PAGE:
Archive for September, 2009

Common sense – RIP?

Monday, September 28th, 2009 | Gym, Sports & exercise, Uncategorized | No Comments

Every now and then I am asked by people who exercise at gyms how they should eat before and after training.

This wasn’t a problem before, because we all had something called Time – time to prepare, time to relax and time to enjoy.

For Homo omnistressens there is never enough time and so it is easy to cut down on ‘less important stuff’ such as preparation, relaxation and even enjoyment, just in order to keep up the high pace of living that is associated with leading a full life. Multi-tasking knows no bounds, as anyone who habitually showers, shaves, pees and exercises at the same time will testify.

The practice of Yoga has been around a lot longer than our modern civilisation, and so there is every reason to accept that most of what works in yoga is based on sound empirical experience. For example, not eating for two to three hours before practice and for at least 30 minutes after practice provides us with a reliable benchmark from which to proceed in our own lives.

Those in the habit of stuffing themselves full before rushing into the gym and then popping a couple of energy bars directly afterwards could try not doing this for a week or so, just to see what the difference is. Try and eat at least a couple of hours before – or if you really must eat then try to eat something light at least an hour before. Afterwards sit down for 10-15 minutes and drinking some warm green tea – not coffee or iced drinks – and try to observe your body as it calms down.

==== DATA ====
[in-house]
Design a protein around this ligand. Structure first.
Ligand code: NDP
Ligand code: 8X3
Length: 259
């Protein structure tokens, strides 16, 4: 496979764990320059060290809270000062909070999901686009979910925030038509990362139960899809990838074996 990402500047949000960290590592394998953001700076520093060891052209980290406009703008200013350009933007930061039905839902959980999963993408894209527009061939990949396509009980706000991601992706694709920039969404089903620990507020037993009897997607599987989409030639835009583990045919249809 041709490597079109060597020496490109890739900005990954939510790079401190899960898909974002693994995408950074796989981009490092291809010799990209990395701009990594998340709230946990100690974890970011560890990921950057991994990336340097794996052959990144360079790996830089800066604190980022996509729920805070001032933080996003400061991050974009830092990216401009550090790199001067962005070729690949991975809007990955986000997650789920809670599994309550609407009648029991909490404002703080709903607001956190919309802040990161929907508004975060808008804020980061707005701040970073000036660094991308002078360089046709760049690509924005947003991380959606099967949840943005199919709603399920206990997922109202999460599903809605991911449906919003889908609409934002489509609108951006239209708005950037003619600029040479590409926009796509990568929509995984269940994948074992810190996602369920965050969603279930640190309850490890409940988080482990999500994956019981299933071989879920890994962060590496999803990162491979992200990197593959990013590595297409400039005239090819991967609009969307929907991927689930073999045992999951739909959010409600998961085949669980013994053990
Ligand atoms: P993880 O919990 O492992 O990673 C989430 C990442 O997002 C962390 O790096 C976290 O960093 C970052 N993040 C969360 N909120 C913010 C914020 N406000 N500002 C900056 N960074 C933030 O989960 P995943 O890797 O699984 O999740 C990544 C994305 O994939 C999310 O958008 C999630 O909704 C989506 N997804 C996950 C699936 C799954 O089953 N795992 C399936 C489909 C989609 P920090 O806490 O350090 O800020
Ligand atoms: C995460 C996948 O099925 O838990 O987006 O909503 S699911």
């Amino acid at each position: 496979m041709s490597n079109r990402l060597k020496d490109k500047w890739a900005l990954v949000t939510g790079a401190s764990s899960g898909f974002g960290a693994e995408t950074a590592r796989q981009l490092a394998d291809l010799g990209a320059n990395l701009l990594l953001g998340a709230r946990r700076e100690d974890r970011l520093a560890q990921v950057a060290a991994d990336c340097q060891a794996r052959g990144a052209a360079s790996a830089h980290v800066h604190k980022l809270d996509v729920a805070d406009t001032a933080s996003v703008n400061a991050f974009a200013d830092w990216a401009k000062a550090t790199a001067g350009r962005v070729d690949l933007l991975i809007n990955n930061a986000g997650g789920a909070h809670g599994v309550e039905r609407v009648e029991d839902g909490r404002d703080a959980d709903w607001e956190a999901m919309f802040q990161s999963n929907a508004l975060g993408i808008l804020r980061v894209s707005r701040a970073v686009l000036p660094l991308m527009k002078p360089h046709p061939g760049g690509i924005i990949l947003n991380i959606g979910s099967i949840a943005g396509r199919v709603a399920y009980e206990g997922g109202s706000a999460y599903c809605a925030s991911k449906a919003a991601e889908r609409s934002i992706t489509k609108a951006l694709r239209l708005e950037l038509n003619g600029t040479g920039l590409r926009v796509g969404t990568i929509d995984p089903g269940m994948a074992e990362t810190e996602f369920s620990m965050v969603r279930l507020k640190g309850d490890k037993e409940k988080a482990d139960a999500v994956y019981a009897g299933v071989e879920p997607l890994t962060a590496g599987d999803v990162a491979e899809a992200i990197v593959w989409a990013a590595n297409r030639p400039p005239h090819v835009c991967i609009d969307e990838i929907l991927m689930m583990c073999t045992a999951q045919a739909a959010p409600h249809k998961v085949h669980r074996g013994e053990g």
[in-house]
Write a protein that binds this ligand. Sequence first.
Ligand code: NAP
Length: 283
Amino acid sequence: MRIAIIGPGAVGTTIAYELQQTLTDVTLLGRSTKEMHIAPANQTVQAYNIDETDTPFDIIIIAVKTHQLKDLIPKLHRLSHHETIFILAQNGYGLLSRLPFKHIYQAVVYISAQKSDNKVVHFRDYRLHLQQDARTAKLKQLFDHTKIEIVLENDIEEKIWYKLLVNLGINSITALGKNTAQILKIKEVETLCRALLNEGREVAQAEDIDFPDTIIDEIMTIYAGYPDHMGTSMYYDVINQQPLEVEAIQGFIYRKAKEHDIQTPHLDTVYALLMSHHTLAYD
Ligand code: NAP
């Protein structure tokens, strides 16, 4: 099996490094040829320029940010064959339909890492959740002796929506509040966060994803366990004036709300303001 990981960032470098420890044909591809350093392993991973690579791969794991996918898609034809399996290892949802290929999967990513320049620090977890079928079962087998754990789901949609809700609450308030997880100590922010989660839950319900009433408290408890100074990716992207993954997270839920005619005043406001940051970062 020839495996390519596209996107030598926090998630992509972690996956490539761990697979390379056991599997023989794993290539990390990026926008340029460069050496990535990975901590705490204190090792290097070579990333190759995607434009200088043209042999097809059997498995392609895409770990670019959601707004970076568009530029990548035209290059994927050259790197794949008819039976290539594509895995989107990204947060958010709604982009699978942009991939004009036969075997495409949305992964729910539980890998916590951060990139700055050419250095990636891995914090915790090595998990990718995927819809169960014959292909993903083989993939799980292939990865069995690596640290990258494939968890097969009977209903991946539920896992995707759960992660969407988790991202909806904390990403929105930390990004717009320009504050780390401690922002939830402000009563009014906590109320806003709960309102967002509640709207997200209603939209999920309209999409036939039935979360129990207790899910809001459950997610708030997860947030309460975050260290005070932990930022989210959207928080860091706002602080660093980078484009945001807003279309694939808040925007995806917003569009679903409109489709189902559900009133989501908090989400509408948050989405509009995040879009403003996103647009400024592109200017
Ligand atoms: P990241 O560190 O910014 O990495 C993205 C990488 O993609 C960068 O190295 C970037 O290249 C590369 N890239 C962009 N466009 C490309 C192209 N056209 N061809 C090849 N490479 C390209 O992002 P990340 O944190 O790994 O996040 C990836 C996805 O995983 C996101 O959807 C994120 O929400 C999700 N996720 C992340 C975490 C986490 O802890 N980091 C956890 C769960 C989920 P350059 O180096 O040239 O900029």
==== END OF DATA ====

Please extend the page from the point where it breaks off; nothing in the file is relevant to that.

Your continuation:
As for what to eat – I find the old adage of ‘a little of everything’ works pretty well (except it is getting harder as portions get larger!). I’ve met fit and healthy people from all walks of life who were on every imaginable kind of diet or on no diet in particular. Quite honestly I could never really see much difference between them.

Too good to be true?

Monday, September 28th, 2009 | Gym, Power Ergonomics, Sports & exercise | No Comments

If you watched the video “Power Ergonomics at the Gym” then you may be forgiven for thinking that it is all a bit too good to be true.

One ‘problem’ with Power Ergonomics is that many improvements in performance are both instant and of a greater magnitude than is often expected. For example, I suggested to Alex (in the video) before he went off to the gym for the first time that he might experience a 15-20% increase in performance. But even this, he admitted later, made him think, “Yeah, yeah, sure”. The fact that the increases were up to 50% was something I let him discover for himself. I knew that if I had said this from the beginning it would probably have put him off all together.

Something similar happened many years ago when I held a training program for some golf pros in Båstad, in southern Sweden. One participant, British born instructor Jimmy Suckling, kept exclaiming, “It can’t be this easy! Where’s the catch?” despite obviously measurable improvements to his more than 60 year-old technique. He had by then been teaching golf professionally for more than 45 years and the improvements he experienced were just then ‘too good to be true’ because they took him way beyond his expectations.

So what is the problem? Either the improvements are for real or they are not. If they are not, we still have to explain away the heavier weights, increased number of repetitions or the fact that golf players hit further.

Alex thought initially that he was imagining the improvements until he had experimented so many times that he was forced to conclude otherwise. The proof of the pudding is in the eating, as they say, and this is what Power Ergonomics is about. It’s not just a nice new theory. It’s about discovering true hidden potential and then realising that having everyday access to this potential is unusual or ‘too good to be true’ only because we are so used to living and performing without it.